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Spiral Bit Questions

Discussion in 'Tele Home Depot' started by GordonTeles, Jul 15, 2012.

  1. bubba105

    bubba105 Tele-Meister

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    I think you've got this backwards. Downhill routing is the easy, good routing technique. Uphill routing or climb cutting is the technique that gives so many people trouble. If you go around an entire body in one direction you will have no choice but to climb cut, every downhill cut has an uphill cut on both sides of it. I've been using a 2 " straight bit with the bearing on both ends for a while now, with good success. I haven't mentioned it here since I first bought the bit because unless you sand ON the line, as with a spiral bit, you'll eventually run into problems. I'm getting tired of all the "watching the line" sanding on the ROSS so I just bought a set of Robo-sanders that Preeb recommended a while back. They come tomorrow, I'll let you know.
     
  2. Shepherd

    Shepherd Friend of Leo's

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  3. Whozure

    Whozure Tele-Meister

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    It appears to me as if you are trying to take to much of a bite. Any router bit will grab and maybe throw the stock if you try to hog out too much at one time. I have over a dozen spiral bits in various sizes and use them for about any routing I do since I first used one.

    I buy most of my spiral bits from Onsrud because they are sharper and hold up better than most bits. They also have specialty bits for about any kind of routing one will ever do. They (Onsrud) have a spiral finishing bit and a spiral bit for routing acrylics that do a fantastic job.
     
  4. bubba105

    bubba105 Tele-Meister

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    Wow, I forgot all about that thread. I also forgot that I already have a Robo-sander. I put it away because my old drill press didn't have enough power to keep the thing spinning when I applied pressure. I'm going to need some luck finding it in the disaster area/shop. I just bought the 3 pack of Robo-sanders & now I have a nice big floor model drill press to spin them on. We'll see...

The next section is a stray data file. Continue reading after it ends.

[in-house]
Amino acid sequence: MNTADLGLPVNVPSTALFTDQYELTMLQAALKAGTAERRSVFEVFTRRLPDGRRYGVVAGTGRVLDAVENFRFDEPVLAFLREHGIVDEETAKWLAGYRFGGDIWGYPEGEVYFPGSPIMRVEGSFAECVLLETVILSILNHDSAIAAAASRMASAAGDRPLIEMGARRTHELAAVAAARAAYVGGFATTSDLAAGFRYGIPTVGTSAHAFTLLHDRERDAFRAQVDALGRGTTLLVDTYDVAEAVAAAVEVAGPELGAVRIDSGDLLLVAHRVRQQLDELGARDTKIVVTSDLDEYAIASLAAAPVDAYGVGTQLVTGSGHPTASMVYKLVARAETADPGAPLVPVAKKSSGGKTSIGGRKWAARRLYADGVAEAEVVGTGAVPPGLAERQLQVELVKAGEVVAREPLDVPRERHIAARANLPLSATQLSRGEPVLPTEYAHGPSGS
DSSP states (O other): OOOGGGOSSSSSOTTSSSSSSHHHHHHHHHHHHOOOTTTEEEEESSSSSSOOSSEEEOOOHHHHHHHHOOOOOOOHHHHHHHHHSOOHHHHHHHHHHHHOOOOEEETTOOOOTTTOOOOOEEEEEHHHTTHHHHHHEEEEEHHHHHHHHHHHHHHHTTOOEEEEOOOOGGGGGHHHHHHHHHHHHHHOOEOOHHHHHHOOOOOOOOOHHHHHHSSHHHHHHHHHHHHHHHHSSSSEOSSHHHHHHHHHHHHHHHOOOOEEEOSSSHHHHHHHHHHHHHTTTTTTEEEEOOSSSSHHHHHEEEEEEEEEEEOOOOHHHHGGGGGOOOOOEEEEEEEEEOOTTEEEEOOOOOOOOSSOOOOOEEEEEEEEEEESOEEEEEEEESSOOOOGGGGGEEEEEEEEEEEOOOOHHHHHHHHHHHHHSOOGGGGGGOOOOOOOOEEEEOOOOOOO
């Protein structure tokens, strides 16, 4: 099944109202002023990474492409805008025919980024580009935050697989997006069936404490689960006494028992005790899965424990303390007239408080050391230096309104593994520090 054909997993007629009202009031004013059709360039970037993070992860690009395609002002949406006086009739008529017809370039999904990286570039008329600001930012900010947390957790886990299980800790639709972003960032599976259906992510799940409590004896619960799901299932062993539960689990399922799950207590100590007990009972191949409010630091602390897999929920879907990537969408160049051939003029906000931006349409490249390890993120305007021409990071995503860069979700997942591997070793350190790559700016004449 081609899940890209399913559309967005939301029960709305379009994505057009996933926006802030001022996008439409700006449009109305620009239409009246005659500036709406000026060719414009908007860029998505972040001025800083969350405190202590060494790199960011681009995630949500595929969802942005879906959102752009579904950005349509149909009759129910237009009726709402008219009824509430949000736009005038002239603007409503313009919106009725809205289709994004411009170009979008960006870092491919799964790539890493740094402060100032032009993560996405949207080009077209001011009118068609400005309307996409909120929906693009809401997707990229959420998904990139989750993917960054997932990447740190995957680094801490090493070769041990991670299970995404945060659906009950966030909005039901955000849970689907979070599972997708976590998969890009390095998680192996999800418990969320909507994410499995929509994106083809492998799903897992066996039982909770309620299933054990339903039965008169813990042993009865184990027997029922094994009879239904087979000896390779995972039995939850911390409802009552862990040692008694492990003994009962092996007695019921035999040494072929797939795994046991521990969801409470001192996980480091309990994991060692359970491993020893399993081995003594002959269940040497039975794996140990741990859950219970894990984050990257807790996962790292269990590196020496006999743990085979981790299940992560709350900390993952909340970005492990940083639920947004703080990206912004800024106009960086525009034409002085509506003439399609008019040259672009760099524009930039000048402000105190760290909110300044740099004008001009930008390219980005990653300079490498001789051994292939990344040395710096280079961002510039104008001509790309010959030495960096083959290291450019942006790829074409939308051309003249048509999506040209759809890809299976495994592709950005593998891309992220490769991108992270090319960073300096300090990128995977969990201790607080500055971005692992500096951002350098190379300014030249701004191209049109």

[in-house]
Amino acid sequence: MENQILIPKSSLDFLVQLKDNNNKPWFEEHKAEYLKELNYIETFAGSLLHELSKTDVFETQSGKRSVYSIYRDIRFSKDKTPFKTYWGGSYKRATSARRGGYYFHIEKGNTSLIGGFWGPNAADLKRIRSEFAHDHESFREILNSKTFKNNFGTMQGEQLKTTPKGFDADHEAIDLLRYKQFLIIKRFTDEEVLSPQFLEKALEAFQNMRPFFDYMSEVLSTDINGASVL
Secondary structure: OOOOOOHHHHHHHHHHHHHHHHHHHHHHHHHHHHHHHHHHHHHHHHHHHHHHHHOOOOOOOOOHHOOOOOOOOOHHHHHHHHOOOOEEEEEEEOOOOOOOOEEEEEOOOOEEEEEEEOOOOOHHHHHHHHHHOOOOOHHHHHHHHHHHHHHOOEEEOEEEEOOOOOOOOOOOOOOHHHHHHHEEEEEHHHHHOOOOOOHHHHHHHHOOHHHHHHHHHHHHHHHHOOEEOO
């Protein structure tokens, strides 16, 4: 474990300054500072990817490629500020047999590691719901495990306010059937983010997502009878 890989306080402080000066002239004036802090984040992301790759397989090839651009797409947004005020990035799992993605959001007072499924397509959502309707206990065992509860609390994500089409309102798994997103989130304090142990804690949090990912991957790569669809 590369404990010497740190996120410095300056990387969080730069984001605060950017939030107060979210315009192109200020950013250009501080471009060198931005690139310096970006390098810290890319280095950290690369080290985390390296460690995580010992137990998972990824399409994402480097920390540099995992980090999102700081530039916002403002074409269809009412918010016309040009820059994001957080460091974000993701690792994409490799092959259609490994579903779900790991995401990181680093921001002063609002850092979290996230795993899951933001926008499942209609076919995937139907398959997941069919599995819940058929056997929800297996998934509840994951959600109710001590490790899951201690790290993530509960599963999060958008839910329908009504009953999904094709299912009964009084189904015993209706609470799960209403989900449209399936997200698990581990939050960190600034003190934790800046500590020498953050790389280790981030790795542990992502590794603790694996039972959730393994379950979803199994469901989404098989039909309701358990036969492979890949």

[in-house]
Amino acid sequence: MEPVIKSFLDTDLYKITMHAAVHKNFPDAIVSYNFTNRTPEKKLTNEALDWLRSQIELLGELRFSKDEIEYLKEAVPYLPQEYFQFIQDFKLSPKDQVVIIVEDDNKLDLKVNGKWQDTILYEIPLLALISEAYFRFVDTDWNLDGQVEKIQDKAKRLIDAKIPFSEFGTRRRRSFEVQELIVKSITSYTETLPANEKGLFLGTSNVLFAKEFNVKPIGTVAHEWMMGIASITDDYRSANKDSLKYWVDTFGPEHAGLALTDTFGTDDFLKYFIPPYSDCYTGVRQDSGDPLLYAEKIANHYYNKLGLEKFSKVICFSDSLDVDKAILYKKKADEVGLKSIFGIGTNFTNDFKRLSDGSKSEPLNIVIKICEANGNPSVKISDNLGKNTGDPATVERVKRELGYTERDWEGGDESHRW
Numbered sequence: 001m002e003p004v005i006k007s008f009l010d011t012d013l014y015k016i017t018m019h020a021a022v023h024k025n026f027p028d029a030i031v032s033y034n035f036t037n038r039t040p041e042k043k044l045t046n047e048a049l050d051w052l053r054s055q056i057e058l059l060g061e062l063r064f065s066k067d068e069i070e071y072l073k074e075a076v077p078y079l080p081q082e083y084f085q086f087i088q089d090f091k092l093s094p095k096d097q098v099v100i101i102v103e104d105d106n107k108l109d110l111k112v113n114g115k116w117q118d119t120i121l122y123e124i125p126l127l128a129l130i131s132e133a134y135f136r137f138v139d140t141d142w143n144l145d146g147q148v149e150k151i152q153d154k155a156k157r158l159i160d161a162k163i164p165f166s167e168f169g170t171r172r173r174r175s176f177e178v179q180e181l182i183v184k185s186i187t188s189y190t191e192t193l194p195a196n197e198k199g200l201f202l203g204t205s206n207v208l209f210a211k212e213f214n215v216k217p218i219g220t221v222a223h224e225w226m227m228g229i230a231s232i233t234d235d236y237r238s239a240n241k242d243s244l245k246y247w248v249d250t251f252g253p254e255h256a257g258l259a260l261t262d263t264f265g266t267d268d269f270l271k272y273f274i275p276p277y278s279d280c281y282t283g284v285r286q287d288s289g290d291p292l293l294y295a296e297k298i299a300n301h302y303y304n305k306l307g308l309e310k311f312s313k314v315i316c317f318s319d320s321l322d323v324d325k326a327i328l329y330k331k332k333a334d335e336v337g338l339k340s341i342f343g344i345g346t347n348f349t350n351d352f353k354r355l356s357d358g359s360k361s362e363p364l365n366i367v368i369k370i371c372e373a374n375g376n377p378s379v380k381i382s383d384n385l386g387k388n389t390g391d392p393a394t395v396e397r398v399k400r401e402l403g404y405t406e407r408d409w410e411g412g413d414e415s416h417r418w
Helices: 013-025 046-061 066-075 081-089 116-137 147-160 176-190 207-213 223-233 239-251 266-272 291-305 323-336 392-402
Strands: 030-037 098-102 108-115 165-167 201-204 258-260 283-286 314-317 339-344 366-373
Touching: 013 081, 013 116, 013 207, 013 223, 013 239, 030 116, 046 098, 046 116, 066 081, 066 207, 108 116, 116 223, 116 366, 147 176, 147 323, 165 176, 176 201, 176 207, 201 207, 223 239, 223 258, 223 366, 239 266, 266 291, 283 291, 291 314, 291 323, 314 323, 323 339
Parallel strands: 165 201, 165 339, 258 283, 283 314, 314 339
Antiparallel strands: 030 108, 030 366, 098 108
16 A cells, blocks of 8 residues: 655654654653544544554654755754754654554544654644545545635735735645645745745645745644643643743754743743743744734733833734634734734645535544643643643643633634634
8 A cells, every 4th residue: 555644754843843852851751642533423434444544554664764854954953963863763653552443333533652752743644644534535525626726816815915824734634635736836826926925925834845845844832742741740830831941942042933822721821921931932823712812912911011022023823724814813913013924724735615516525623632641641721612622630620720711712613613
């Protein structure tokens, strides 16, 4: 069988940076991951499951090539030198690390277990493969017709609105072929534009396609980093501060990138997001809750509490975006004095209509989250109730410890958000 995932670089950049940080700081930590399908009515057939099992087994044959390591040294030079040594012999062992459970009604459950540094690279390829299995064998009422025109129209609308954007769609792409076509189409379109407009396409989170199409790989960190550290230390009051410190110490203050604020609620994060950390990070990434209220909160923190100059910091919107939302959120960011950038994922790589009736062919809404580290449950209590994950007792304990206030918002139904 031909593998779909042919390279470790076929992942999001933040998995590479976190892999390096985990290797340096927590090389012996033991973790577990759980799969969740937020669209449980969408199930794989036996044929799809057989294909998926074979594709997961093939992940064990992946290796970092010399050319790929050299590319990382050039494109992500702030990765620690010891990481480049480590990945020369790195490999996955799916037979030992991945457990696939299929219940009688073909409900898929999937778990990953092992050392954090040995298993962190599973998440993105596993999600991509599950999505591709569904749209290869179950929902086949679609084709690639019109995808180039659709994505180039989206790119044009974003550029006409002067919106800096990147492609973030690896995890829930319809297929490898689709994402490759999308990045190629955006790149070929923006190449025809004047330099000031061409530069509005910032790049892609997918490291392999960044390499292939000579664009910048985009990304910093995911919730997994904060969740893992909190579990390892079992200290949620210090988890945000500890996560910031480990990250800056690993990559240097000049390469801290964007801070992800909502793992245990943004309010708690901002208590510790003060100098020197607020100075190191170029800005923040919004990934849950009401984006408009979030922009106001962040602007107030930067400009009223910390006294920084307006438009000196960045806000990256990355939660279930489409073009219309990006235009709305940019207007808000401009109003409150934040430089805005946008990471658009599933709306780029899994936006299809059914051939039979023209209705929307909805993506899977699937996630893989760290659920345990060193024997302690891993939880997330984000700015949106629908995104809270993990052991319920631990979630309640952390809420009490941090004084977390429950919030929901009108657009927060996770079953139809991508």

5. mlp-mx6

    mlp-mx6 Tele-Holic

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    If you do not already have a rubber cleaning stick for sandpaper you will *definitely* need one for the Robo Sander. Do not wait until you have (waaaay too quickly) ruined your sanding sleeves to get the cleaning stick. Please, learn from my earlier ignorance.
     
  6. CapnCrunch

    CapnCrunch Friend of Leo's

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    Climb routing has nothing at all to do with whether you are going "uphill" or "downhill". It describes the action of moving your work piece in the same direction that the moving cutter head is spinning. It is so named because the router bit will want to climb right along the edge of your work piece. Sometimes very quickly and very violently.

    For safe work with a router, you want to move your work piece against the the rotation of the cutter. There are times when you may want to "climb" cut, but you have to know the risk and you have to take very light cuts. Climb routing should be avoided by folks who have never used a router. Basically, if you don't know what it is, you shouldn't be doing it. That's the irony. How do you know what to avoid, when you don't know what it is?:)
     
  7. Nick JD

    Nick JD Doctor of Teleocity Ad Free Member

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    When using a spiral bit (or a straight flute bit) there is no rule that says your bearing must come in contact with your template on the first pass. If you haven't cut as close to the line as you would when using a planer, it's perfectly safe to shave a bit off each time around the body.

    Might take 4 or 5 times around the work piece before the last pass has the bearing touching the template. This is realising the tool's limitations and working with this limit - not against it. Only a fool thinks they control a powertool ... you are only ever its guide. Don't disrespect it or ask it to do too much and it'll thank you for your patience and gentle approach by leaving a surface that requires much less work. And it'll stay sharper, longer because overheating is the death of a sharp edge.

    Jam a piece of wood at it and it'll throw it across the workshop in disgust.
     
  8. bubba105

    bubba105 Tele-Meister

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    You're right, I should have differentiated between the two. Both are techniques I don't use, I kind of think of them as one. I've lost good wood using them in the past, not anymore.
     
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